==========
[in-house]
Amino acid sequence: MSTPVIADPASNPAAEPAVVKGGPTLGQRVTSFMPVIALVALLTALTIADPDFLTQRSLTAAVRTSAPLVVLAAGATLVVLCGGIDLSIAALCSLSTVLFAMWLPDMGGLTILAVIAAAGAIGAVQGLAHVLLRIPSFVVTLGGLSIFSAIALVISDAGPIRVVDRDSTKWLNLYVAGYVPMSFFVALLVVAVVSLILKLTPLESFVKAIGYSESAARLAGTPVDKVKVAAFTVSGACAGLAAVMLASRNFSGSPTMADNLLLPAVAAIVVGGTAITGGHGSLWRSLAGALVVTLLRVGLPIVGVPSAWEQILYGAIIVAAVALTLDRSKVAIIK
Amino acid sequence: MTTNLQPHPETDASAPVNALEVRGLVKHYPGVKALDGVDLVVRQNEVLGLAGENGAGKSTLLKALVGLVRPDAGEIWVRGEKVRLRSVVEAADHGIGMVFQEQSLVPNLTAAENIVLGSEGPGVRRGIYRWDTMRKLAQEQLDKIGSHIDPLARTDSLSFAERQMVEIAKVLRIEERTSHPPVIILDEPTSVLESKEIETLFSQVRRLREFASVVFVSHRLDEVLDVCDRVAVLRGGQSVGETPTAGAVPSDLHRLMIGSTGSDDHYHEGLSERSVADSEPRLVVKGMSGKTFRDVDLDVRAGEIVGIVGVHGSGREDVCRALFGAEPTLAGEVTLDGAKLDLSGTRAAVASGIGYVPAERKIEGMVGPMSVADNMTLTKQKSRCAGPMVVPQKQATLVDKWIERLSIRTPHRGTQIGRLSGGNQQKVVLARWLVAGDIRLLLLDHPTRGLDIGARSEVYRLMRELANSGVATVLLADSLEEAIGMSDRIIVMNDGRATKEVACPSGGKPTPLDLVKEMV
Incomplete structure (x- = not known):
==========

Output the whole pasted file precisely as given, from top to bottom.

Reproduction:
[in-house]
Amino acid sequence: MSTPVIADPASNPAAEPAVVKGGPTLGQRVTSFMPVIALVALLTALTIADPDFLTQRSLTAAVRTSAPLVVLAAGATLVVLCGGIDLSIAALCSLSTVLFAMWLPDMGGLTILAVIAAAGAIGAVQGLAHVLLRIPSFVVTLGGLSIFSAIALVISDAGPIRVVDRDSTKWLNLYVAGYVPMSFFVALLVVAVVSLILKLTPLESFVKAIGYSESAARLAGTPVDKVKVAAFTVSGACAGLAAVMLASRNFSGSPTMADNLLLPAVAAIVVGGTAITGGHGSLWRSLAGALVVTLLRVGLPIVGVPSAWEQILYGAIIVAAVALTLDRSKVAIIK
Amino acid sequence: MTTNLQPHPETDASAPVNALEVRGLVKHYPGVKALDGVDLVVRQNEVLGLAGENGAGKSTLLKALVGLVRPDAGEIWVRGEKVRLRSVVEAADHGIGMVFQEQSLVPNLTAAENIVLGSEGPGVRRGIYRWDTMRKLAQEQLDKIGSHIDPLARTDSLSFAERQMVEIAKVLRIEERTSHPPVIILDEPTSVLESKEIETLFSQVRRLREFASVVFVSHRLDEVLDVCDRVAVLRGGQSVGETPTAGAVPSDLHRLMIGSTGSDDHYHEGLSERSVADSEPRLVVKGMSGKTFRDVDLDVRAGEIVGIVGVHGSGREDVCRALFGAEPTLAGEVTLDGAKLDLSGTRAAVASGIGYVPAERKIEGMVGPMSVADNMTLTKQKSRCAGPMVVPQKQATLVDKWIERLSIRTPHRGTQIGRLSGGNQQKVVLARWLVAGDIRLLLLDHPTRGLDIGARSEVYRLMRELANSGVATVLLADSLEEAIGMSDRIIVMNDGRATKEVACPSGGKPTPLDLVKEMV
Incomplete structure (x- = not known):